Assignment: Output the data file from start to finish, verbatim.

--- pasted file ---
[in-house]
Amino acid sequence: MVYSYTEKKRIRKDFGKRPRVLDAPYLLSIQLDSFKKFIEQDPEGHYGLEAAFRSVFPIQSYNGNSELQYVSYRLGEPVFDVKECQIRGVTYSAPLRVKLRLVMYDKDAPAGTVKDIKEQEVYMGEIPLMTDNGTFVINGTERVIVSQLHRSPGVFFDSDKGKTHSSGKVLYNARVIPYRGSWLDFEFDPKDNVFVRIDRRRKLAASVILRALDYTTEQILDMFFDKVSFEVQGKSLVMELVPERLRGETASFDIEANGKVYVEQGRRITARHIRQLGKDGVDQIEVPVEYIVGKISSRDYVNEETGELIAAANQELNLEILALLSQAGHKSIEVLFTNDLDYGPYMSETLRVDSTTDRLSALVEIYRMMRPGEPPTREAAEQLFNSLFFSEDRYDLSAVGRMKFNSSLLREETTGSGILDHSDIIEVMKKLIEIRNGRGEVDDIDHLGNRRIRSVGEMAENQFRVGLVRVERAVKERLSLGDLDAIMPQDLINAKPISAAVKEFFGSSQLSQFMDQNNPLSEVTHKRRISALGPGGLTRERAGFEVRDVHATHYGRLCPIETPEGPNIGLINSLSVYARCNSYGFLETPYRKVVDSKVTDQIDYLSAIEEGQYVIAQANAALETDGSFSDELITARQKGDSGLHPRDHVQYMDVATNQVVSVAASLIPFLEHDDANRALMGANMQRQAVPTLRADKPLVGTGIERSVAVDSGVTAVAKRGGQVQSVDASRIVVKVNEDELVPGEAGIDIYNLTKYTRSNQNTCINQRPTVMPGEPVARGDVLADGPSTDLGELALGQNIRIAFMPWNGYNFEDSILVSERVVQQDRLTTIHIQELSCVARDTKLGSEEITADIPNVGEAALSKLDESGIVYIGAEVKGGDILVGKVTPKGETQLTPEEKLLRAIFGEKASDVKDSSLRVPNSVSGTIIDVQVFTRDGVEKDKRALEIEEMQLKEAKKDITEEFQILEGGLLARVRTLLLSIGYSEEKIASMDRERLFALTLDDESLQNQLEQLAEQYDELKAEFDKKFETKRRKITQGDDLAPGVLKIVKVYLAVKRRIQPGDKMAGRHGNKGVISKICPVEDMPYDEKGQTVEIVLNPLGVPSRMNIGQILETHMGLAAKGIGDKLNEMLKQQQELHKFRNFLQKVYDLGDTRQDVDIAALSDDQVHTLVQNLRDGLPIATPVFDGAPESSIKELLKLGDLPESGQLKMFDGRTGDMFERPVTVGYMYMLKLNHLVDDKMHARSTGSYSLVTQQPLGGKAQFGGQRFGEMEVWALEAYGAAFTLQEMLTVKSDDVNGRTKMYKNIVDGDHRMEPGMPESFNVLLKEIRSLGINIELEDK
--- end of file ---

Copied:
[in-house]
Amino acid sequence: MVYSYTEKKRIRKDFGKRPRVLDAPYLLSIQLDSFKKFIEQDPEGHYGLEAAFRSVFPIQSYNGNSELQYVSYRLGEPVFDVKECQIRGVTYSAPLRVKLRLVMYDKDAPAGTVKDIKEQEVYMGEIPLMTDNGTFVINGTERVIVSQLHRSPGVFFDSDKGKTHSSGKVLYNARVIPYRGSWLDFEFDPKDNVFVRIDRRRKLAASVILRALDYTTEQILDMFFDKVSFEVQGKSLVMELVPERLRGETASFDIEANGKVYVEQGRRITARHIRQLGKDGVDQIEVPVEYIVGKISSRDYVNEETGELIAAANQELNLEILALLSQAGHKSIEVLFTNDLDYGPYMSETLRVDSTTDRLSALVEIYRMMRPGEPPTREAAEQLFNSLFFSEDRYDLSAVGRMKFNSSLLREETTGSGILDHSDIIEVMKKLIEIRNGRGEVDDIDHLGNRRIRSVGEMAENQFRVGLVRVERAVKERLSLGDLDAIMPQDLINAKPISAAVKEFFGSSQLSQFMDQNNPLSEVTHKRRISALGPGGLTRERAGFEVRDVHATHYGRLCPIETPEGPNIGLINSLSVYARCNSYGFLETPYRKVVDSKVTDQIDYLSAIEEGQYVIAQANAALETDGSFSDELITARQKGDSGLHPRDHVQYMDVATNQVVSVAASLIPFLEHDDANRALMGANMQRQAVPTLRADKPLVGTGIERSVAVDSGVTAVAKRGGQVQSVDASRIVVKVNEDELVPGEAGIDIYNLTKYTRSNQNTCINQRPTVMPGEPVARGDVLADGPSTDLGELALGQNIRIAFMPWNGYNFEDSILVSERVVQQDRLTTIHIQELSCVARDTKLGSEEITADIPNVGEAALSKLDESGIVYIGAEVKGGDILVGKVTPKGETQLTPEEKLLRAIFGEKASDVKDSSLRVPNSVSGTIIDVQVFTRDGVEKDKRALEIEEMQLKEAKKDITEEFQILEGGLLARVRTLLLSIGYSEEKIASMDRERLFALTLDDESLQNQLEQLAEQYDELKAEFDKKFETKRRKITQGDDLAPGVLKIVKVYLAVKRRIQPGDKMAGRHGNKGVISKICPVEDMPYDEKGQTVEIVLNPLGVPSRMNIGQILETHMGLAAKGIGDKLNEMLKQQQELHKFRNFLQKVYDLGDTRQDVDIAALSDDQVHTLVQNLRDGLPIATPVFDGAPESSIKELLKLGDLPESGQLKMFDGRTGDMFERPVTVGYMYMLKLNHLVDDKMHARSTGSYSLVTQQPLGGKAQFGGQRFGEMEVWALEAYGAAFTLQEMLTVKSDDVNGRTKMYKNIVDGDHRMEPGMPESFNVLLKEIRSLGINIELEDK